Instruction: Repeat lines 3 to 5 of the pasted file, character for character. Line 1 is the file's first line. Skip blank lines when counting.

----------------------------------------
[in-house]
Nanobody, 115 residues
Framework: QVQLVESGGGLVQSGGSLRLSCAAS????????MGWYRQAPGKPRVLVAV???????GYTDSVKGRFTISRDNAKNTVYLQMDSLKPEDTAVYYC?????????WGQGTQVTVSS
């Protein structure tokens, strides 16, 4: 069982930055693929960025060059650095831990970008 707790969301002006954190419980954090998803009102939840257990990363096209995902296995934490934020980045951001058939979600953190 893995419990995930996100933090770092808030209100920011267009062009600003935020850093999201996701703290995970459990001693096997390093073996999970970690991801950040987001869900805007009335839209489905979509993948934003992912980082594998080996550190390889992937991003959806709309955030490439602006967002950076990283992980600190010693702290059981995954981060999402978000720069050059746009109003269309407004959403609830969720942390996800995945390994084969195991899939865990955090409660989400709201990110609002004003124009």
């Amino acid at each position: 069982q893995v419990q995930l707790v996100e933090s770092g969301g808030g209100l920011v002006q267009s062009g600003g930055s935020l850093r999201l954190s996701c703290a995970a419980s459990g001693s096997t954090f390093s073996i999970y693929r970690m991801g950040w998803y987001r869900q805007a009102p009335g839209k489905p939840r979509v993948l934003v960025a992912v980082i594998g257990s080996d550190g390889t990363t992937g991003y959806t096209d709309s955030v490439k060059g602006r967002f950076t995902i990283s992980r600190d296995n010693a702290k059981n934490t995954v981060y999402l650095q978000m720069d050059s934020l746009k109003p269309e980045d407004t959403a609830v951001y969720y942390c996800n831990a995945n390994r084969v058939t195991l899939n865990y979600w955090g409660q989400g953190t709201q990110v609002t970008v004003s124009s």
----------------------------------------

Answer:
Framework: QVQLVESGGGLVQSGGSLRLSCAAS????????MGWYRQAPGKPRVLVAV???????GYTDSVKGRFTISRDNAKNTVYLQMDSLKPEDTAVYYC?????????WGQGTQVTVSS
């Protein structure tokens, strides 16, 4: 069982930055693929960025060059650095831990970008 707790969301002006954190419980954090998803009102939840257990990363096209995902296995934490934020980045951001058939979600953190 893995419990995930996100933090770092808030209100920011267009062009600003935020850093999201996701703290995970459990001693096997390093073996999970970690991801950040987001869900805007009335839209489905979509993948934003992912980082594998080996550190390889992937991003959806709309955030490439602006967002950076990283992980600190010693702290059981995954981060999402978000720069050059746009109003269309407004959403609830969720942390996800995945390994084969195991899939865990955090409660989400709201990110609002004003124009």
């Amino acid at each position: 069982q893995v419990q995930l707790v996100e933090s770092g969301g808030g209100l920011v002006q267009s062009g600003g930055s935020l850093r999201l954190s996701c703290a995970a419980s459990g001693s096997t954090f390093s073996i999970y693929r970690m991801g950040w998803y987001r869900q805007a009102p009335g839209k489905p939840r979509v993948l934003v960025a992912v980082i594998g257990s080996d550190g390889t990363t992937g991003y959806t096209d709309s955030v490439k060059g602006r967002f950076t995902i990283s992980r600190d296995n010693a702290k059981n934490t995954v981060y999402l650095q978000m720069d050059s934020l746009k109003p269309e980045d407004t959403a609830v951001y969720y942390c996800n831990a995945n390994r084969v058939t195991l899939n865990y979600w955090g409660q989400g953190t709201q990110v609002t970008v004003s124009s």